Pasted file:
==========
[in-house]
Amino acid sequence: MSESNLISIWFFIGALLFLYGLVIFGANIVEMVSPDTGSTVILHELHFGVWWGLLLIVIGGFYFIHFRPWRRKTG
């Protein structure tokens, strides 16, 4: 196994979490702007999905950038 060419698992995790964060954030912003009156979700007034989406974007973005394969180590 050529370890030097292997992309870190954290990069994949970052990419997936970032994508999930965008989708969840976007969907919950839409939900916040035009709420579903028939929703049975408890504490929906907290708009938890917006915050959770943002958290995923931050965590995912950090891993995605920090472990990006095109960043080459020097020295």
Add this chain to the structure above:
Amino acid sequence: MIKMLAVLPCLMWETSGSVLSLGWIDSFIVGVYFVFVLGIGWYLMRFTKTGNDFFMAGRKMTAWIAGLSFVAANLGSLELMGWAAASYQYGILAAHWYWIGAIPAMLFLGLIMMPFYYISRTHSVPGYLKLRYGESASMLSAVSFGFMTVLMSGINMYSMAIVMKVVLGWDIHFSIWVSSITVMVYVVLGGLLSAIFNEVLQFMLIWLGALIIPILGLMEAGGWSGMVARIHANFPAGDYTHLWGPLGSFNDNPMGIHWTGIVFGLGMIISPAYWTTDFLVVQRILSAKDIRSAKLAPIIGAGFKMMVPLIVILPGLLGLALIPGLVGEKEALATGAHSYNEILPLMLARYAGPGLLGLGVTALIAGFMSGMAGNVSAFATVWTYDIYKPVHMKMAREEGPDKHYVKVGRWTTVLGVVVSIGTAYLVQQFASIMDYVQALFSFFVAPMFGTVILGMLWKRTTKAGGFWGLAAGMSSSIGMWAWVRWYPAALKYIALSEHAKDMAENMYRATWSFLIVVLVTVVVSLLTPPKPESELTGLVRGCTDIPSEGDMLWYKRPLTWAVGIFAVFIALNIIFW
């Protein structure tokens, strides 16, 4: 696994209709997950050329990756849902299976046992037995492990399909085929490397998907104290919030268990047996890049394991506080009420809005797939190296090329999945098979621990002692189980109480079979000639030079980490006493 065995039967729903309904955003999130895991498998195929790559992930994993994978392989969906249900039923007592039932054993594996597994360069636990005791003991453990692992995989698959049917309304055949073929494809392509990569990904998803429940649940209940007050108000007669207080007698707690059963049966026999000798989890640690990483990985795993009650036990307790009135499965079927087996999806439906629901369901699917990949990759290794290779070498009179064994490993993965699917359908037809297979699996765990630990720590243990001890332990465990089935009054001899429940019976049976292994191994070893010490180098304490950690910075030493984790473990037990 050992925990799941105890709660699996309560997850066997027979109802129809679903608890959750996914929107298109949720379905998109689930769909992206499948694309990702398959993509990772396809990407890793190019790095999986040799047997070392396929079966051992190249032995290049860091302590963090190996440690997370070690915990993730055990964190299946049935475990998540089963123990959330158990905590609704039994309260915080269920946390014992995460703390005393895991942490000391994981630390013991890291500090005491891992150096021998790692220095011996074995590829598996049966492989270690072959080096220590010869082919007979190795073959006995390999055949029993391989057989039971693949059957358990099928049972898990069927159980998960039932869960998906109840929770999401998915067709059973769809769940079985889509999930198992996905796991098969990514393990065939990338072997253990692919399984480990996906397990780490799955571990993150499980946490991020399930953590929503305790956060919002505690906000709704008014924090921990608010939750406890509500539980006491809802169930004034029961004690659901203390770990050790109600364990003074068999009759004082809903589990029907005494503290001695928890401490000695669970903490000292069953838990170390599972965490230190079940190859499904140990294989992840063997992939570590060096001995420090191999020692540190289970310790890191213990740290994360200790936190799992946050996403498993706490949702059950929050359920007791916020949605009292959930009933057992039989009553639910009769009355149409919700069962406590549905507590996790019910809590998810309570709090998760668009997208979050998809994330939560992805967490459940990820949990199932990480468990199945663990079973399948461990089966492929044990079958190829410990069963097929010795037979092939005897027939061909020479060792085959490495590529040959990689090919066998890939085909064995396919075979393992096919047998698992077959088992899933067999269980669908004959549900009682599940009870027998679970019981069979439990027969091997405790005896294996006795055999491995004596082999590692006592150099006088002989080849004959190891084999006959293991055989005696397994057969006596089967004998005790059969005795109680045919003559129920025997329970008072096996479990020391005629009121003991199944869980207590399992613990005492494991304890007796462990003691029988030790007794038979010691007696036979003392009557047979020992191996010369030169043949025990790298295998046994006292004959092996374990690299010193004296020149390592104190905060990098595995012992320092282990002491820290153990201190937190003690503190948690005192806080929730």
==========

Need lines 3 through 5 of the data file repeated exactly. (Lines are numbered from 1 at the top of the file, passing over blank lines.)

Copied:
């Protein structure tokens, strides 16, 4: 196994979490702007999905950038 060419698992995790964060954030912003009156979700007034989406974007973005394969180590 050529370890030097292997992309870190954290990069994949970052990419997936970032994508999930965008989708969840976007969907919950839409939900916040035009709420579903028939929703049975408890504490929906907290708009938890917006915050959770943002958290995923931050965590995912950090891993995605920090472990990006095109960043080459020097020295």
Add this chain to the structure above:
Amino acid sequence: MIKMLAVLPCLMWETSGSVLSLGWIDSFIVGVYFVFVLGIGWYLMRFTKTGNDFFMAGRKMTAWIAGLSFVAANLGSLELMGWAAASYQYGILAAHWYWIGAIPAMLFLGLIMMPFYYISRTHSVPGYLKLRYGESASMLSAVSFGFMTVLMSGINMYSMAIVMKVVLGWDIHFSIWVSSITVMVYVVLGGLLSAIFNEVLQFMLIWLGALIIPILGLMEAGGWSGMVARIHANFPAGDYTHLWGPLGSFNDNPMGIHWTGIVFGLGMIISPAYWTTDFLVVQRILSAKDIRSAKLAPIIGAGFKMMVPLIVILPGLLGLALIPGLVGEKEALATGAHSYNEILPLMLARYAGPGLLGLGVTALIAGFMSGMAGNVSAFATVWTYDIYKPVHMKMAREEGPDKHYVKVGRWTTVLGVVVSIGTAYLVQQFASIMDYVQALFSFFVAPMFGTVILGMLWKRTTKAGGFWGLAAGMSSSIGMWAWVRWYPAALKYIALSEHAKDMAENMYRATWSFLIVVLVTVVVSLLTPPKPESELTGLVRGCTDIPSEGDMLWYKRPLTWAVGIFAVFIALNIIFW